As a college senior who will be graduating in July, there are so many things I’ve learned that I wish someone had told me 4 years ago. Even more, I wish someone had told me these things and then punched me in my stomach until I promised to believe them.
1. You don’t have to have a plan.
You’re just out of high school; you don’t have to have it all together. Hell, if you know what you’re doing, you’re already 10 steps ahead of the majority of college graduates. But if you want to get school over with as soon as possible so you can start your life, you’d better start thinking about it.
2. Your high school friendships will fall apart sooner, rather than later.
Whoever told you that the friends you grew up with and graduated with will always be there lied. Sure, you’ll see them around if you end up at the same school, but you’ll soon realize that your lives are leading in separate directions, and your friendship will turn from best friends, to friends who occasionally speak, to two people who share an awkward wave at the supermarket. Hell, I graduated 4 years ago and only speak to one of my high school friends on a regular basis.
3. Get involved in organizations on campus.
There is no easier way to make your college career a success than to start early and establish relationships with people in your major, or even just people who share similar interests. I think that was my biggest regret, not taking advantage of the opportunities provided by my school until it was almost too late.
4. Internships will help you decide if you’re studying the right field or not.
You know everyone always says, “Experience is the most important thing!” and they’re right. Not only is it good for teaching you what you will be doing on the job, internships are the best way for students to decide whether or not they really want to do what they think they want to do.
5. If you’re going to a school 20 minutes away from your parents and living at home is still an option for you, don’t pass it up.
I did my freshman year of undergrad at a school 4 hours away from my parents. When I decided to transfer back to the college in my hometown, I was adamant that I would not be moving back in with my parents. I had a part time job, and decided that I would take out extra student loans so that I would be able to live in an apartment near school. Now, I am sitting on damn near $50k in student loans when I would be sitting on $25k had I sucked it up and moved back home.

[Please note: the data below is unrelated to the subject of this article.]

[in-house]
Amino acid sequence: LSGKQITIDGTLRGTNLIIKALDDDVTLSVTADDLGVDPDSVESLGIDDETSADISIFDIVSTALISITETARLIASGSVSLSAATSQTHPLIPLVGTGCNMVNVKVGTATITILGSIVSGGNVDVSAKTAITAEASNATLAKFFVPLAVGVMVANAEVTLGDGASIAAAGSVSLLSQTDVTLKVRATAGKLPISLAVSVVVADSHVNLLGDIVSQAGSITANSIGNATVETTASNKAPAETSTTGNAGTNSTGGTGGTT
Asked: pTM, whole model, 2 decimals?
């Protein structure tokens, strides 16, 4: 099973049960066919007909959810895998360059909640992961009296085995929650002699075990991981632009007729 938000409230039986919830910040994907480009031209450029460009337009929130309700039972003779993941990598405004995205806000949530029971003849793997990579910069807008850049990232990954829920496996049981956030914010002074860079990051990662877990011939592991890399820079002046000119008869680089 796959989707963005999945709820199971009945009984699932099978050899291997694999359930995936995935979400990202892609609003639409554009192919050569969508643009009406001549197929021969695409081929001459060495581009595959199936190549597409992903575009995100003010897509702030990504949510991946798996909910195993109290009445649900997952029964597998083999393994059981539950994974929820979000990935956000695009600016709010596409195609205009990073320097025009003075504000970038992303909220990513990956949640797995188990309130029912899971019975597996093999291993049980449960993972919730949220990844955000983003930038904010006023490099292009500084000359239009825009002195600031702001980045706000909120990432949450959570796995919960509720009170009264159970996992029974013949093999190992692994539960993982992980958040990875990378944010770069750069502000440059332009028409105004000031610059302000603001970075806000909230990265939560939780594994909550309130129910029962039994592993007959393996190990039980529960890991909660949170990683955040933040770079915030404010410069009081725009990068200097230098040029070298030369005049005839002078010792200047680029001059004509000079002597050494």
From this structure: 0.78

6. Have fun, but be responsible.
Face it, you already don’t believe anything I’m telling you. And that’s fine, sometimes you’ve got to learn things the hard way. We both know you’re going to sleep through your 8 a.m. class with a hangover so bad that you think you’re already dead before you wake up. We know you’re going to find out about the fire drill early, and pull all of the beer from the fridge and run across campus to chug it in the library so you don’t get caught. We know you’re going to take your water bottle full of vodka and Crystal Light to class because you feel like being a bad ass. (Okay, well maybe those are some of my experiences…) Regardless, you’re allowed to do stupid things like that, but remember where you are and why you’re there. Never get so caught up in the experience that you fail 3 classes and ruin your chances of getting into nursing school.
7. Don’t be afraid to annoy the shit out of your advisors.
Being a transfer student scared me. Hell, up until I started my senior year, college still scared me. That being said, I never asked my advisor anything about courses, I simply did what they told me to. I was a robot when it came to registering for classes I needed, and some that I didn’t need. (Who in the hell needs oceanography??) So when it came time to get into my senior level classes, I was told that I couldn’t take courses I needed to graduate, because they weren’t offered until next fall. (Keep in mind, my graduation date is set for the end of July.) When I questioned my advisor, she told me that there was nothing she could do, because “the course rotation is posted online, and it isn’t the department’s fault that I didn’t register sooner.” So long story short I was able to substitute another class for that one, because I bombarded my advisor every day with random stops to her office and emails.
8. Get to know your classmates.
I am a HORRIBLE public speaker. I get nervous and shaky; I blush and then I lose my train of thought. One time, during a class presentation, I had a panic attack and had to sit down in the middle of my presentation. I was shy and didn’t talk to anyone in class anyways, so I was really uncomfortable speaking in front of them. It was horrifying. Once I got into my major classes however, I became friends with everyone because we were all in the same classes. For the last presentation I gave, my classmates actually voted my presentation the best of the semester. Because I knew them and felt comfortable speaking in front of them, I was able to loosen up and have confidence in my abilities.